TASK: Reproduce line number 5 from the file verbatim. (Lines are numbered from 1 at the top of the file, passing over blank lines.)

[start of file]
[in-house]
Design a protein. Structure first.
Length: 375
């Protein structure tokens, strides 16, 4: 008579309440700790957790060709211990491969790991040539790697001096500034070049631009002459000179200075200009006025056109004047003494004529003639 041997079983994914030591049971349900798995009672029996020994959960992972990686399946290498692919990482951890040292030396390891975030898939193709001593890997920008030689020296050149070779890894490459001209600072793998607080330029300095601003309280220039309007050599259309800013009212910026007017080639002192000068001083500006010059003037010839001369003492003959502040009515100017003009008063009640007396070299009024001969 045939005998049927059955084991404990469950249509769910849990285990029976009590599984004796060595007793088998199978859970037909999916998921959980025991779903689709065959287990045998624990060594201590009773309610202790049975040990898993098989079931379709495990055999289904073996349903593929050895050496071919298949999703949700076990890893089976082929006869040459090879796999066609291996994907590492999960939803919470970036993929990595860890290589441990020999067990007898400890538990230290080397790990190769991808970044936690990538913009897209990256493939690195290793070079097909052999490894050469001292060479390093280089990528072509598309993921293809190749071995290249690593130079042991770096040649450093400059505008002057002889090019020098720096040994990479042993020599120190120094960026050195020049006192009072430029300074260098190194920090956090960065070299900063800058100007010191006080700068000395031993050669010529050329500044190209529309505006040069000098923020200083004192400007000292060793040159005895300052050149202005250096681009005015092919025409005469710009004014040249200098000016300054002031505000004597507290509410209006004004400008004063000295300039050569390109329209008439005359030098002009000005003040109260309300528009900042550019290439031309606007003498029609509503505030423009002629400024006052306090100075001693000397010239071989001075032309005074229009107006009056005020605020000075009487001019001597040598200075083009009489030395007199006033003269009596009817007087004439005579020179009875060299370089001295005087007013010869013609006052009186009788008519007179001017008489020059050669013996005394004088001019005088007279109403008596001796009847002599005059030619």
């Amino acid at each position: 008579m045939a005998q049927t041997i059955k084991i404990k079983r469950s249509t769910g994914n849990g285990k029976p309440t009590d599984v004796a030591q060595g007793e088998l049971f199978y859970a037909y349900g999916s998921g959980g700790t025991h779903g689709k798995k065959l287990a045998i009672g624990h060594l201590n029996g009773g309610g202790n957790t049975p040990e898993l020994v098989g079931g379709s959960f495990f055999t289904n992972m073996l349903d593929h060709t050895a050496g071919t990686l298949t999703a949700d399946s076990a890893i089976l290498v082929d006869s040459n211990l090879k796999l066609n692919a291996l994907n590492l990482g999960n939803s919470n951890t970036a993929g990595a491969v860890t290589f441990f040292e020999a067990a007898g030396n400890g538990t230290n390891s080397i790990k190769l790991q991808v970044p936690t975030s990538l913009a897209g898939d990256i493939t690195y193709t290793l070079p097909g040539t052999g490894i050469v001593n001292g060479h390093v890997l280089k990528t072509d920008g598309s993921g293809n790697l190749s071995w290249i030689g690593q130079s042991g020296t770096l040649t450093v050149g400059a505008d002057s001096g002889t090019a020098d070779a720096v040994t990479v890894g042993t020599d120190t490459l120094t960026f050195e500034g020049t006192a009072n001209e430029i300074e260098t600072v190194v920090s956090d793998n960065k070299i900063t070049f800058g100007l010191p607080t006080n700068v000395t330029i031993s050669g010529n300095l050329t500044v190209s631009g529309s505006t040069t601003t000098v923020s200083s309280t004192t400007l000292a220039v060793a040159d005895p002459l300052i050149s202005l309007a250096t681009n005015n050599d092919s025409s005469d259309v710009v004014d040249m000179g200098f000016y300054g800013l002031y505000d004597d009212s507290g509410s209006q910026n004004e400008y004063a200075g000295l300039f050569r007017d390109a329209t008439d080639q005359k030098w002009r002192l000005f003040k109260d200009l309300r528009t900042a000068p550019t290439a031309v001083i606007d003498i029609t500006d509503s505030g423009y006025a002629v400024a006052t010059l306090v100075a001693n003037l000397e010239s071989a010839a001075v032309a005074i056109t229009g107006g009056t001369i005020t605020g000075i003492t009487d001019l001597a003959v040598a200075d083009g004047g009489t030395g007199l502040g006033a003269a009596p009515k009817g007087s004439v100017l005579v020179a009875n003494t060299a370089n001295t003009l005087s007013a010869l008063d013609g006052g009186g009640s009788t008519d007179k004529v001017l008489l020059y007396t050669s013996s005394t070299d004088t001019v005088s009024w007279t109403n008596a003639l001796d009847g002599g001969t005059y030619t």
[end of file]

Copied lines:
């Amino acid at each position: 008579m045939a005998q049927t041997i059955k084991i404990k079983r469950s249509t769910g994914n849990g285990k029976p309440t009590d599984v004796a030591q060595g007793e088998l049971f199978y859970a037909y349900g999916s998921g959980g700790t025991h779903g689709k798995k065959l287990a045998i009672g624990h060594l201590n029996g009773g309610g202790n957790t049975p040990e898993l020994v098989g079931g379709s959960f495990f055999t289904n992972m073996l349903d593929h060709t050895a050496g071919t990686l298949t999703a949700d399946s076990a890893i089976l290498v082929d006869s040459n211990l090879k796999l066609n692919a291996l994907n590492l990482g999960n939803s919470n951890t970036a993929g990595a491969v860890t290589f441990f040292e020999a067990a007898g030396n400890g538990t230290n390891s080397i790990k190769l790991q991808v970044p936690t975030s990538l913009a897209g898939d990256i493939t690195y193709t290793l070079p097909g040539t052999g490894i050469v001593n001292g060479h390093v890997l280089k990528t072509d920008g598309s993921g293809n790697l190749s071995w290249i030689g690593q130079s042991g020296t770096l040649t450093v050149g400059a505008d002057s001096g002889t090019a020098d070779a720096v040994t990479v890894g042993t020599d120190t490459l120094t960026f050195e500034g020049t006192a009072n001209e430029i300074e260098t600072v190194v920090s956090d793998n960065k070299i900063t070049f800058g100007l010191p607080t006080n700068v000395t330029i031993s050669g010529n300095l050329t500044v190209s631009g529309s505006t040069t601003t000098v923020s200083s309280t004192t400007l000292a220039v060793a040159d005895p002459l300052i050149s202005l309007a250096t681009n005015n050599d092919s025409s005469d259309v710009v004014d040249m000179g200098f000016y300054g800013l002031y505000d004597d009212s507290g509410s209006q910026n004004e400008y004063a200075g000295l300039f050569r007017d390109a329209t008439d080639q005359k030098w002009r002192l000005f003040k109260d200009l309300r528009t900042a000068p550019t290439a031309v001083i606007d003498i029609t500006d509503s505030g423009y006025a002629v400024a006052t010059l306090v100075a001693n003037l000397e010239s071989a010839a001075v032309a005074i056109t229009g107006g009056t001369i005020t605020g000075i003492t009487d001019l001597a003959v040598a200075d083009g004047g009489t030395g007199l502040g006033a003269a009596p009515k009817g007087s004439v100017l005579v020179a009875n003494t060299a370089n001295t003009l005087s007013a010869l008063d013609g006052g009186g009640s009788t008519d007179k004529v001017l008489l020059y007396t050669s013996s005394t070299d004088t001019v005088s009024w007279t109403n008596a003639l001796d009847g002599g001969t005059y030619t």